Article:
The rise of a “social justice” mindset in American political culture has meant that elites seek to co-opt progressive support for fighting poverty and inequality within a larger political-economic system that reasserts old power dynamics, dividing the upper class on the one hand from the working, middle, and lower classes on the other. But the increasingly popular rhetoric about social entrepreneurs as saviors of the downtrodden represents a tremendous propaganda victory for business interests, because it envisions “solutions” to complex societal problems as depending on the agendas of powerful individual personalities — rather than on collective action and social movements that struggle for social justice.

The social entrepreneurial paradigm presents serious risks when it centers change on the “will power” of a select group of business leaders and philanthropic entrepreneurs, hailing from an upper class which itself is responsible for intensifying environmental calamity, rising poverty and inequality, and societal decay.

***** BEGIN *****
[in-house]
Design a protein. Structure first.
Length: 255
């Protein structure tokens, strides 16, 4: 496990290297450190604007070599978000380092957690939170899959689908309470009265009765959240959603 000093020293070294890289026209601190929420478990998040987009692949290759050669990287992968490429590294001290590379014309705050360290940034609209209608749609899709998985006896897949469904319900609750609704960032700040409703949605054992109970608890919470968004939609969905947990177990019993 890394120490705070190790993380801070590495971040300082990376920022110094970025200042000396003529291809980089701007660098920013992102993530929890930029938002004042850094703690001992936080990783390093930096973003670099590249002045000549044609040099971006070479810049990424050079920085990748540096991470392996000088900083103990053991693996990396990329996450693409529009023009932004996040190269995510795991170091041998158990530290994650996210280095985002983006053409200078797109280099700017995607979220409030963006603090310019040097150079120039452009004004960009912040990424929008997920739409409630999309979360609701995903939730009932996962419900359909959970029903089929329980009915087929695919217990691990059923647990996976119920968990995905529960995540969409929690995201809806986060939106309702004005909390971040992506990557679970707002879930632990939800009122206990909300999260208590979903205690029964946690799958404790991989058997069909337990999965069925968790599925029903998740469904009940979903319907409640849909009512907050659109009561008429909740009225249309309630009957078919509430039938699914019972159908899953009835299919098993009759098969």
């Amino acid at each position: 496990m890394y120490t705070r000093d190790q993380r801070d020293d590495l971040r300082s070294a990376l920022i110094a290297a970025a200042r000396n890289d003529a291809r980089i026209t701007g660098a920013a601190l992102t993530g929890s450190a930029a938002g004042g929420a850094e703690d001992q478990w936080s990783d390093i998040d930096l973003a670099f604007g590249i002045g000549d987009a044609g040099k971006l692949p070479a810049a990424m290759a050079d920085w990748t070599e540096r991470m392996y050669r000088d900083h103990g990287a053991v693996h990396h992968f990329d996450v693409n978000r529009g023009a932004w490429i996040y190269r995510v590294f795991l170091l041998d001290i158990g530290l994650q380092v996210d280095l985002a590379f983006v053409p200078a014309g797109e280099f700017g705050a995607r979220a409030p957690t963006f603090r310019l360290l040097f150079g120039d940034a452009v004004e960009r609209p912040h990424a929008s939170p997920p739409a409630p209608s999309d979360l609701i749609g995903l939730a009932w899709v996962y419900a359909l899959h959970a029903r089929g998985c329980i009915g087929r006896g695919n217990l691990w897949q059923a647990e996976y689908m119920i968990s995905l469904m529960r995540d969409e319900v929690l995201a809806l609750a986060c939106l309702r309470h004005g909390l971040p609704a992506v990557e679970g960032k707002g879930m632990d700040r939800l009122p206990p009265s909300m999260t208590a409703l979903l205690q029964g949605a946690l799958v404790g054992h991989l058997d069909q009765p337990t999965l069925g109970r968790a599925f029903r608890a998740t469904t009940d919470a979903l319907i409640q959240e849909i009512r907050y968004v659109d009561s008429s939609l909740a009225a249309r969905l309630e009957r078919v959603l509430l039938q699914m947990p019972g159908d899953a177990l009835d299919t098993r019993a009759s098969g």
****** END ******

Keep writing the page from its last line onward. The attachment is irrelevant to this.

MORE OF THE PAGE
[The Conversation (Australia), via Naked Capitalism 12-9-19]

The failures of for-profit education reflect both the specific characteristics of education that make a market model inappropriate and more fundamental failings of market liberalism. Students, by definition, don’t know enough to be informed consumers. Whether the course is good or bad, they are unlikely to be repeat customers. In these circumstances, relying on consumer choice and competition between providers is a recipe for superficial, low-quality courses and exploitation.

As centuries of experience has shown, only the dedication and professional ethos of teachers can ensure high-quality education. Reliance on incentives and markets is inconsistent with that ethos. The broader problem with the reform agenda is that for-profit businesses paid to provide public services are more tempted to make profits by exploiting loopholes in the funding system than by innovating or providing better services.

“What if the foundational theories about how to run a company have been corrupted?”